A golden GM-norm opportunity in Melbourne
It's this time of the year in Amsterdam - when the temperature hovers around zero during both day and night, when the wind slices your face as you cycle through the horizontal, unforgiving rain - that I start my annual pine for Australia. Fortunately, I've only got two weeks to wait until I head back for the Australian Open, but I have to say I'd really prefer to be in Melbourne today.
This is not only because it's my favourite city in the world, and not only because this is my favourite time of the year to be there - and, even, not only because Melbourne has recently been voted the world's most liveable city for the fourth time. No, this time it's because I'm very interested in checking out the Australian Masters GM Norm tournament, which begins tomorrow.
Grandmaster norm opportunities are few and far between for Australians. We only have three active grandmasters in the country (two, if you consider me an expatriate), but a huge range of talent at the International Master level. So what gives? Well, there are simply very few tournaments in Australia that fulfil the requirements for a Grandmaster norm, and those that do are realistically implausible on account of being large open events. Generally, Aussies have no choice but to try their luck overseas, typically in Europe, and that isn't cheap. I basically lived on a shoestring while norm-hunting in Europe in 2007; believe me, a regular diet of canned tuna and rice gets a bit tiresome after a while.
That's why I'm very happy to see that a targeted GM norm event is happening in Melbourne. The ten-player round-robin format is ideal for norm-hunters, and the three invited, foreign GMs are also the 'right' sort for such events: not unbeatable for IMs, but having high enough ratings to keep the required norm scores reasonable. Of course, 'theoretically beatable' is quite another matter to beating a GM in practice...
My three compatriots from the Olympiad are at the top of the race of the norm-chasers. Max's rating has exploded so far that he's actually the third seed, ahead of Kazakhstan GM Rustam Khusnutdinov. Joining them are IM Bobby Cheng, Kiwi FM Luke Li and the not-for-long-untitled Karl Zelesco. In short, it's a very impressive talent pool, and I don't envy the poor grandmasters' task of preserving ELO on their trip down under. The candidates all need 6.5 points from the nine games, with the exception of 'poor' Max - his high rating means he'll need an extra half point to grab a norm. On the plus side for him, he's the only player who will manage to avoid playing against the dreaded Max, I suppose.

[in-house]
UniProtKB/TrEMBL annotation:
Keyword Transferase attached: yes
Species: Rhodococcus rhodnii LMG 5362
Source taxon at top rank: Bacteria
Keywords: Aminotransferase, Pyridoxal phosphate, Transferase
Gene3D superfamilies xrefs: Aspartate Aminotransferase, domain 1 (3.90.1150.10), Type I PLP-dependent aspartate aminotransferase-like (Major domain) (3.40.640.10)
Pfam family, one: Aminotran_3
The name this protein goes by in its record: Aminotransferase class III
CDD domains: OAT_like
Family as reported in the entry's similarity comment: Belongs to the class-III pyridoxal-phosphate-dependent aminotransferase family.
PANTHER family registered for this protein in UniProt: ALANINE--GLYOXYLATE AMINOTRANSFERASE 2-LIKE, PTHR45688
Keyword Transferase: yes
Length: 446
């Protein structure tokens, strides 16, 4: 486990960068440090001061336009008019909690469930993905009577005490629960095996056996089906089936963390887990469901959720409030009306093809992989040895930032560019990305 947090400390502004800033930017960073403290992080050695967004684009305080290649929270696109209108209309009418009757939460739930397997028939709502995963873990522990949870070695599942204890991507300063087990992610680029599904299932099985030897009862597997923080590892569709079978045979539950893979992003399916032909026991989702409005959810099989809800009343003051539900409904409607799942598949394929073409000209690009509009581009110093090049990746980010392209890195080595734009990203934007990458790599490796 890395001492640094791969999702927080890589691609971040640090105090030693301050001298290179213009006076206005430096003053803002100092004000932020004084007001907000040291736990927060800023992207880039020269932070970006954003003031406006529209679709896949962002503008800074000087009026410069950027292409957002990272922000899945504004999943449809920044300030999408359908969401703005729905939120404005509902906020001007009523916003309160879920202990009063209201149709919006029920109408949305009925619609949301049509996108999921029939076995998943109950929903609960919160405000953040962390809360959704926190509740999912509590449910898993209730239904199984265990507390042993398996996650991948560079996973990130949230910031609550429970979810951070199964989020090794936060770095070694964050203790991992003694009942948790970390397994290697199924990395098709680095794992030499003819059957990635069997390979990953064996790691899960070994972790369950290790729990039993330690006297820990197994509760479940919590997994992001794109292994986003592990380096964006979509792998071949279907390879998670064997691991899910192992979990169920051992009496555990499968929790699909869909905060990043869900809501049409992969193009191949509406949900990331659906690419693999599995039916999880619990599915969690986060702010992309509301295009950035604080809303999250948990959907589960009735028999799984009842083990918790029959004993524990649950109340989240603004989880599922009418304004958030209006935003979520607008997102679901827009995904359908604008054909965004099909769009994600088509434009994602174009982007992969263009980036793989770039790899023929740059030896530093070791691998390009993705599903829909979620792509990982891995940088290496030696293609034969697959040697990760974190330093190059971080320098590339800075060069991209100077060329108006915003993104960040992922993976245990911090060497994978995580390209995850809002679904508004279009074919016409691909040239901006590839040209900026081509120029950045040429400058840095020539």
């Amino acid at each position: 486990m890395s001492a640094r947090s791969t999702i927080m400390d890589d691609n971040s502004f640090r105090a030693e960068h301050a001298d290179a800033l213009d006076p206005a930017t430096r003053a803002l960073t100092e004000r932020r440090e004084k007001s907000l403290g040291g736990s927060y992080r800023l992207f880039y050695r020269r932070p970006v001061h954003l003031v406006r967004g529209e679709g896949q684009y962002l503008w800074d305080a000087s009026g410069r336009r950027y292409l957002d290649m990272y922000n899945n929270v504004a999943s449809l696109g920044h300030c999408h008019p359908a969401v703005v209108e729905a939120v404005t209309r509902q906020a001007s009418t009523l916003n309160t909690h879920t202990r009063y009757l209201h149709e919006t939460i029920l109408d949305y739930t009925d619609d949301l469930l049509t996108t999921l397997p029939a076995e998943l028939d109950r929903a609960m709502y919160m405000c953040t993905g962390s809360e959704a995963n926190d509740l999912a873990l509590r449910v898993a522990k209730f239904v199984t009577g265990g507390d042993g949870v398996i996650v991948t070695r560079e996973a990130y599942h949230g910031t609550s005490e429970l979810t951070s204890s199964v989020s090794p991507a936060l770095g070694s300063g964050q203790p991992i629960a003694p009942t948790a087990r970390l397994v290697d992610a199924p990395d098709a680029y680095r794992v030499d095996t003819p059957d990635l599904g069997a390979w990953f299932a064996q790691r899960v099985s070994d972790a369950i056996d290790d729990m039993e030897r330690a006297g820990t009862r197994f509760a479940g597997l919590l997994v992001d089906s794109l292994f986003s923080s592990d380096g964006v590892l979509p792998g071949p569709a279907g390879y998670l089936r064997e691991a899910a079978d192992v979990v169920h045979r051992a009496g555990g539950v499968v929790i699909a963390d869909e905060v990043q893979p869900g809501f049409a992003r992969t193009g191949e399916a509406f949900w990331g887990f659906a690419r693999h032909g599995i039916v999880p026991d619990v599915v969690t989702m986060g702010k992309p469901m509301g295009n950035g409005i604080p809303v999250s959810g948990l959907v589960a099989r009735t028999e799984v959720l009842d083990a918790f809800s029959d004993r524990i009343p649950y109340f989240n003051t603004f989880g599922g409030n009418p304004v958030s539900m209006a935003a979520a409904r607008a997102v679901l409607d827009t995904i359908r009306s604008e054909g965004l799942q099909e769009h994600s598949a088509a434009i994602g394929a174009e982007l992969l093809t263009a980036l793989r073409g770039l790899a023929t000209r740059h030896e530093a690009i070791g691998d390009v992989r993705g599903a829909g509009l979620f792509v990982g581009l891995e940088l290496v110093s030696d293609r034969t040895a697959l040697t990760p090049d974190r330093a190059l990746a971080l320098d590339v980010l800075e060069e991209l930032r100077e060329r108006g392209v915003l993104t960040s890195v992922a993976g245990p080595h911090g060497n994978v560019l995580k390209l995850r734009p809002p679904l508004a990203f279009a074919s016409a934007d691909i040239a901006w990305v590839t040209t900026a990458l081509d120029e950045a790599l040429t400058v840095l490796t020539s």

It's hard to guess how likely a norm is to emerge - there's a poll at Australia's 'Chess Chat' forum, but it only answers who is most likely to win the event, which is not so informative. Max is surely favourite to be the best-placed Aussie, but the requirement for him to score seven points means that probably one of the others is slightly more likely to score a norm. This morning it occurred to me that five candidates could theoretically score GM norms, while my far-cleverer-than-I girlfriend pointed out that even six norms are possible, if we exclude Max. I think most of the Australian chess community would be happy even with one, but we'll see.
The tournament's being run by Aussie IM Leonid Sandler, who has managed to pull off what so many organisers have tried before. He's also running an IM-norm event alongside the champagne tournament; all games are apparently going to be streamed on the Box Hill chess club website. That means anyone can watch it from anywhere in the world, be it Auckland, Angola or chilly Amsterdam. Convenient, but I'd still rather be watching with a flat white in my hand from a cafe in Melbourne. Soon.